Something that I have been following for a while is the “First World Pains” twitter account and I hate to admit that, usually, the posts are dead on to how the Western thought process works. I have been blessed with a lot of “stuff” (computers, instruments, books, eBooks, etc.) and sometimes I let my perspective get out of line. I’ve been worrying lately about my iPhone since I have had it for a year and a half. I have treated that thing like gold and, fortunately, it is still working. I don’t want to buy another here because you pay full price and there are no contracts or discounts, and sometimes my “home” button doesn’t respond! The greatest of tragedies!
Recently, I thoughtlessly paid the wrong price for a ticket on the Bangkok skytrain and when pushed the card into the slot I lunged at the gates because sometimes they are fast moving and you can easily get caught up in them. It is always funny to watch people when the gates surprise them, but then it happens to you and it isn’t really that funny. I paid the wrong fare and when I lunged at the gate that didn’t open I folded over and almost rolled over the gate entirely. I am sure that everyone around thought that I was just another tourist that couldn’t figure it out. Unfortunately, when the gate caught me, my Kindle was between my body and the pathway through the gates. When I was folded over the swinging arms, my Kindle sustained a blunt force trauma to the screen and, as I discovered later, became out-of commission. I just about let this ruin my night. The same day, the sweet lady at the Baptist Student Center, where I have mentioned being heavily involved before, went out of her way to get ingredients for one of my favorite foods here in Thailand (Pork and bitter beans stir-fried in curry). She had put aside a portion and covered it so she could sell it only to me. My spirits were lifted.
The unfortunate side of these stories is not that I lost a Kindle (I have learned that Amazon is usually pretty generous about replacing them even when it isn’t just a malfunction) or that my iPhone may someday stop working and I will be “cut-off” from the “civilized” world since my smart phone no longer works. The problem is the fact that I have let myself worry about these things that I don’t really even NEED. Sure Kindles make reading books easier when you live in “the third-world,” and my iPhone keeps me constantly connected to e-mails and even allows me to call or text my other friends with iPhones in the states for free, but what about the billions who live daily without these things. I am privileged beyond explanation. These thoughts are coming from an introduction to a man tonight who I was able to learn a little from.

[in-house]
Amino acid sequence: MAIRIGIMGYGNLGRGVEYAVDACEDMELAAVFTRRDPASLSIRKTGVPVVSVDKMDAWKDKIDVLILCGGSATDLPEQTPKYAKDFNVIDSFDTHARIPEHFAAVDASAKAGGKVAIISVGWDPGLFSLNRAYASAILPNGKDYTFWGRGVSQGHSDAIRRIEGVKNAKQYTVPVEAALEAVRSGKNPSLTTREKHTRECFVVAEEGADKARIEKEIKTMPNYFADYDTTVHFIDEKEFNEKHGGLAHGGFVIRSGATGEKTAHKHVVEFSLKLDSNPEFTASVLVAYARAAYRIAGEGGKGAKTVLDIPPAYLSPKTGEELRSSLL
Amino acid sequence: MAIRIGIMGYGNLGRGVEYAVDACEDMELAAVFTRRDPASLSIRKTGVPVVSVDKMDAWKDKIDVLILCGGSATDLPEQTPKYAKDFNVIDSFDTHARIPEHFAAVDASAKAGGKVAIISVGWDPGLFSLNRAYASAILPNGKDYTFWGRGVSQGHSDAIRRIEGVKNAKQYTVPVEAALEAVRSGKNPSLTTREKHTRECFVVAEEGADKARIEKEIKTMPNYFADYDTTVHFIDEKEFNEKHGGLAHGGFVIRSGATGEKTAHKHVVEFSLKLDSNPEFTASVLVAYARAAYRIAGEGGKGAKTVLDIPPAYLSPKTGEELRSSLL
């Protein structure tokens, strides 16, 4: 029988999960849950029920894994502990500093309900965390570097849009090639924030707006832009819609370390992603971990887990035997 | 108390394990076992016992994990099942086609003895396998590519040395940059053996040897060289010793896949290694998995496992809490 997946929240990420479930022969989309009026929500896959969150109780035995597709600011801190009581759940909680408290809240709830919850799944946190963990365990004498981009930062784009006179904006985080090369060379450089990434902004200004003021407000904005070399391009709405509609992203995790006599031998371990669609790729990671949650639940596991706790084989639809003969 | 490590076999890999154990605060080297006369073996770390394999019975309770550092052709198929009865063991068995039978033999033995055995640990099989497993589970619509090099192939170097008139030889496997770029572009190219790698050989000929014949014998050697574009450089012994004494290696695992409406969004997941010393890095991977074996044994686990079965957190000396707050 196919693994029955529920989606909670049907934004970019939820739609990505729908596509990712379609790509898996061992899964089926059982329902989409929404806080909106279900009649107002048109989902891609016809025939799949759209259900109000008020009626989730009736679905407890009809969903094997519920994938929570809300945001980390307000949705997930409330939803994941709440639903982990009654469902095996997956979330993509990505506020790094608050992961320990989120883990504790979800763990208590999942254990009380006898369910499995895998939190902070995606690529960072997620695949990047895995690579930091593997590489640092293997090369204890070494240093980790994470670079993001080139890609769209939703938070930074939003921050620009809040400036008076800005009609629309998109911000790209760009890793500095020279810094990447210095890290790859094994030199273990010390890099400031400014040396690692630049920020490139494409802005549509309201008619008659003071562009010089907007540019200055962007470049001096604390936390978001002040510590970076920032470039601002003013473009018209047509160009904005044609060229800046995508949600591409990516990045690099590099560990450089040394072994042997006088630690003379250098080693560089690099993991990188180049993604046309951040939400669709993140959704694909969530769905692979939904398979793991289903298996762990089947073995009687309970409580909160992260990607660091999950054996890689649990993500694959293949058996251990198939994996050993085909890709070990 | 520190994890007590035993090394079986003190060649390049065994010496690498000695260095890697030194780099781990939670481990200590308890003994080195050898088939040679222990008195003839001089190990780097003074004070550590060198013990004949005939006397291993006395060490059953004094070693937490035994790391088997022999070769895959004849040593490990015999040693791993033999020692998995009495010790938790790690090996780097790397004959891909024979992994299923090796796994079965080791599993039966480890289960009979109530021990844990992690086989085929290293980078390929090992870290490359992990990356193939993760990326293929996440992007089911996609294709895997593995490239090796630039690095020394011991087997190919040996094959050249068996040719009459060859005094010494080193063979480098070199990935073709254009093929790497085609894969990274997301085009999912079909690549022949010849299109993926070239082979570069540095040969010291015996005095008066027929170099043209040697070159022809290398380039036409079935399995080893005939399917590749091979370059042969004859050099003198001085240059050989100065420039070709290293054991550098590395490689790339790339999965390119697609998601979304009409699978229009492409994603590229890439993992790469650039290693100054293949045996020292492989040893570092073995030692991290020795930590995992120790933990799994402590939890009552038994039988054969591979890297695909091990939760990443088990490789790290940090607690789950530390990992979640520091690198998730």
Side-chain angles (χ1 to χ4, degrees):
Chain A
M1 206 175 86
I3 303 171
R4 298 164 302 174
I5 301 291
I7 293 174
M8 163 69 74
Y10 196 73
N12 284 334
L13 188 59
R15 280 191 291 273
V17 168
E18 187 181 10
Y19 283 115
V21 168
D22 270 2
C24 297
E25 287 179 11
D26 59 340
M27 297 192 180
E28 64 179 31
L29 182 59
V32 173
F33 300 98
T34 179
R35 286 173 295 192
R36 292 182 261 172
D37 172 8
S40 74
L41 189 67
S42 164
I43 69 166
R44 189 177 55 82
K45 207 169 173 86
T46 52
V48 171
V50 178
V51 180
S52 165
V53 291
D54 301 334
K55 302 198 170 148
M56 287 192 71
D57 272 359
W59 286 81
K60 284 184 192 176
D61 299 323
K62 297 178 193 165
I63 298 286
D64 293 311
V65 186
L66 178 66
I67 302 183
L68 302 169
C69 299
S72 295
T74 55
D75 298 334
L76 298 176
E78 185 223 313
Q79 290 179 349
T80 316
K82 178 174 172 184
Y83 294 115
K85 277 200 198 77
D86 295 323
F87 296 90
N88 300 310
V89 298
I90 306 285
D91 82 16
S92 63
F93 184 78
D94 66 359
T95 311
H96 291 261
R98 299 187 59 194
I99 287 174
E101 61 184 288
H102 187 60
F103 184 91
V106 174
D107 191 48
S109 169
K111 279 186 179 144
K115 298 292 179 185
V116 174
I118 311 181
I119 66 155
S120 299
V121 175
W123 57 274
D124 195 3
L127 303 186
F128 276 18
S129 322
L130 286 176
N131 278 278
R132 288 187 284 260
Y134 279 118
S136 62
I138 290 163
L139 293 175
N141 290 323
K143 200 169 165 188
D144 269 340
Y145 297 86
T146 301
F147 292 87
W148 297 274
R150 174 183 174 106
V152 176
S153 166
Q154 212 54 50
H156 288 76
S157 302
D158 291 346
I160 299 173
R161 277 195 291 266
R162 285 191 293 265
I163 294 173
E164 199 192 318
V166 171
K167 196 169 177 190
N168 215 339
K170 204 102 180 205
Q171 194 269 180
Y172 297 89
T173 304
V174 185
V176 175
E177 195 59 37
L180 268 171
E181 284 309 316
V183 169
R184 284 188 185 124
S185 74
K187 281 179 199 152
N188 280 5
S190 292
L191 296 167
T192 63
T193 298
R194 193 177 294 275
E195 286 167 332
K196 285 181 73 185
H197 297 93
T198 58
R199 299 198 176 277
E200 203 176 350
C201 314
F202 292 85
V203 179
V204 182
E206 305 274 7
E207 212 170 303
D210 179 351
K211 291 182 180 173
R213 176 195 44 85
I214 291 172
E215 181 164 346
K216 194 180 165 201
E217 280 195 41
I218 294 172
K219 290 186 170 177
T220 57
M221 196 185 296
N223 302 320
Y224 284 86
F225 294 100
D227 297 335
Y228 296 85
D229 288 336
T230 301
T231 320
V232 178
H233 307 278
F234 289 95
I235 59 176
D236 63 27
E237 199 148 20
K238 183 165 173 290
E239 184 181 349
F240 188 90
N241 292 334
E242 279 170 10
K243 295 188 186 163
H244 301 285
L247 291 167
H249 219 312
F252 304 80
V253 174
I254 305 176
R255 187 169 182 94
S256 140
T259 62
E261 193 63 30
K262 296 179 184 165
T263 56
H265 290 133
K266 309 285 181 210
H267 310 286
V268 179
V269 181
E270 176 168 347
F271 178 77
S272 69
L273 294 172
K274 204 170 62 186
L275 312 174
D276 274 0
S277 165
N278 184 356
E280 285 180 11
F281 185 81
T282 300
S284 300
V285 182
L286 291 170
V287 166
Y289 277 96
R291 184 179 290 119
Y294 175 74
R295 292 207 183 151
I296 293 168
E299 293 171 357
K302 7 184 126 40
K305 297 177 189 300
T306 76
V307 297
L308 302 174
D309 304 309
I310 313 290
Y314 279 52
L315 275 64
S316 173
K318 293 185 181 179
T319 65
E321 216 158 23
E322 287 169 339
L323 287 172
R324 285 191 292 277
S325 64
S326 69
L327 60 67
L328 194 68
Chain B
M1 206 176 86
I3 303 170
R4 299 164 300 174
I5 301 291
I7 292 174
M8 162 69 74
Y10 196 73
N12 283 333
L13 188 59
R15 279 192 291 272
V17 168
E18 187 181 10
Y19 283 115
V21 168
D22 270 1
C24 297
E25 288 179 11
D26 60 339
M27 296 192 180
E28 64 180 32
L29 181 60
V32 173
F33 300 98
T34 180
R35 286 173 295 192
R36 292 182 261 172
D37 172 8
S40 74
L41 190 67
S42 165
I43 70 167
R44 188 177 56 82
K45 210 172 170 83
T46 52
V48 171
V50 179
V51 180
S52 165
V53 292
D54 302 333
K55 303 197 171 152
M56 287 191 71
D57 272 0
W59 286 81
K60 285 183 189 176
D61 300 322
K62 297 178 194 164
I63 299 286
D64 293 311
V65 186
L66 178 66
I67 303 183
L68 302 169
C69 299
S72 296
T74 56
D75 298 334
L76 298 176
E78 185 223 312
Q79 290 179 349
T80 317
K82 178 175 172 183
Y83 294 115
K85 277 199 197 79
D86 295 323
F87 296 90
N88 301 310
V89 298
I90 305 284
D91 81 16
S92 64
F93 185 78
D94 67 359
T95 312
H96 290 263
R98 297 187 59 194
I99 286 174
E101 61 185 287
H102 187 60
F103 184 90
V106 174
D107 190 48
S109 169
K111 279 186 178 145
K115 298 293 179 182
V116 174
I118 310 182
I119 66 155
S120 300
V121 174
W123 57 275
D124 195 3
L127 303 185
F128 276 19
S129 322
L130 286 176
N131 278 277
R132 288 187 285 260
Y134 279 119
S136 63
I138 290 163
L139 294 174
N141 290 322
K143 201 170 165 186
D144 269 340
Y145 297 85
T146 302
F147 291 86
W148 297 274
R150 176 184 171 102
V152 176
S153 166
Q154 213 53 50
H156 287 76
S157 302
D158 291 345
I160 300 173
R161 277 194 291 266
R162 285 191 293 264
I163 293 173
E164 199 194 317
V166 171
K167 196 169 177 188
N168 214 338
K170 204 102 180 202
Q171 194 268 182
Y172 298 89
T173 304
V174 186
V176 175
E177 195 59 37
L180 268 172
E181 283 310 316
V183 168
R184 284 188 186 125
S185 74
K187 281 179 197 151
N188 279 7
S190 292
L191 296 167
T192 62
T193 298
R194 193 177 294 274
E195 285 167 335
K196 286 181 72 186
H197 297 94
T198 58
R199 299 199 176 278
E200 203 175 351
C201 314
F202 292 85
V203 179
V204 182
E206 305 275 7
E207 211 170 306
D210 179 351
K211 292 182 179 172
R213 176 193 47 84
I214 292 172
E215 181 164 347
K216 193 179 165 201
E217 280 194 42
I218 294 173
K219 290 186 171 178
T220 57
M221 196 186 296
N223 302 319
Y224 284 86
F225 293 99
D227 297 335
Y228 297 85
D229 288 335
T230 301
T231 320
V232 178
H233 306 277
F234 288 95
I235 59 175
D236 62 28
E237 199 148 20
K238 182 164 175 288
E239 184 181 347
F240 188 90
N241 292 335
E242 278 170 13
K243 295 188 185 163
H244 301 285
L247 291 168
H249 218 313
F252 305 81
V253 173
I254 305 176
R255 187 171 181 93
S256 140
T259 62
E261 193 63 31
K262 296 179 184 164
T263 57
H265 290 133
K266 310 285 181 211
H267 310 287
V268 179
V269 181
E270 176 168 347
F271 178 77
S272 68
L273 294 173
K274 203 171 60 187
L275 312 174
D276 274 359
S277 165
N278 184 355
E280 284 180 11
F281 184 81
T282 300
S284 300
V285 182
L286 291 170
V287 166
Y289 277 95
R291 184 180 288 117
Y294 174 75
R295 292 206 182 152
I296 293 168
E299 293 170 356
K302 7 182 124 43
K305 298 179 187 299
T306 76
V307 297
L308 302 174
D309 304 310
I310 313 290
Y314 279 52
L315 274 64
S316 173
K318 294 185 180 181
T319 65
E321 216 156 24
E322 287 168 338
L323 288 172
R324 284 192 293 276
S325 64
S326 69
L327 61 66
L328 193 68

Suriyo is a Myanmarese (or Burmese, if you prefer) man who moved to Bangkok at the urging of his father to gain experience and improve his English speaking ability so he can bring them back to his family in Myanmar. He is not a refugee. He is a migrant worker. He began to tell me a bit of how he works as a hotel security guard in one of the more prominent districts in Bangkok. Suriyo works 7 AM – 7 PM seven days a week and is given 3 days off every month. That is an 84 hour work week. He used his day off today to come to the BSC and practice his English which was already better than I expected it to be. The hotel is supposedly working on his legality in the country and planning on providing him with a Thai identification that will allow him to freely travel back and forth between Myanmar and Thailand without problem. This man is eager to learn and he is working has hands to the bone at the same time. He could carry on a pretty advanced conversation with me with only a few hang-ups and I asked him how he had acquired such advanced English since 3 months ago he left Myanmar for the first time in his life. He told me about how he learned basic English grammatical structure in school and has been carrying around a Myanmarese-English dictionary for a year and memorizing vocabulary. This man is obviously dedicated.
Because Suriyo works such long hours, I agreed to get in contact with him and meet him after he gets off at 7 o’clock and we would work on conversation. Our new team space is only two skytrain stops from where he lives. Everything is lined up perfectly and I don’t have to tell you why. He is a man that is hungry for knowledge and I told him that I used the Bible stories for English comprehension and he was very open to that, despite his Buddhist background. I am thankful for opportunities to meet men like Suriyo who always put my thoughts back in the right directions when it comes to want and needs. I pray that we can learn from each other and I can have an influence in his life for him to take back to his family in Myanamar. He comes from the Tai Yai (or Shan) people group in northeast Myanmar. This is why I love my job. I have been given an opportunity to influence a man who will be going back to his family hundreds of miles away in a completely different country. I pray our time together is lucrative when it comes to matters of the spirit.
The reminder that Suriyo gave me is of the Nepali migrant workers that I once worked with while living in Penang, Malaysia. These men were often offered contracts to come and work and make money to send home to their families and on arrival would have all of their legal documents stolen and then were assigned jobs. They basically became slaves who earned enough money to support themselves on a day-to-day basis. I pray that this isn’t the case with Suriyo and that he does get his identification card. He was the kind of guy that you want to give everything you have in your pockets to. He was so positive and thankful for the opportunities he has and completely overlooks how overworked and (most-likely) underpaid he is. It is always a gut-check when someone comes along that puts your thinking back into perspective. I am thankful that I met Suriyo today.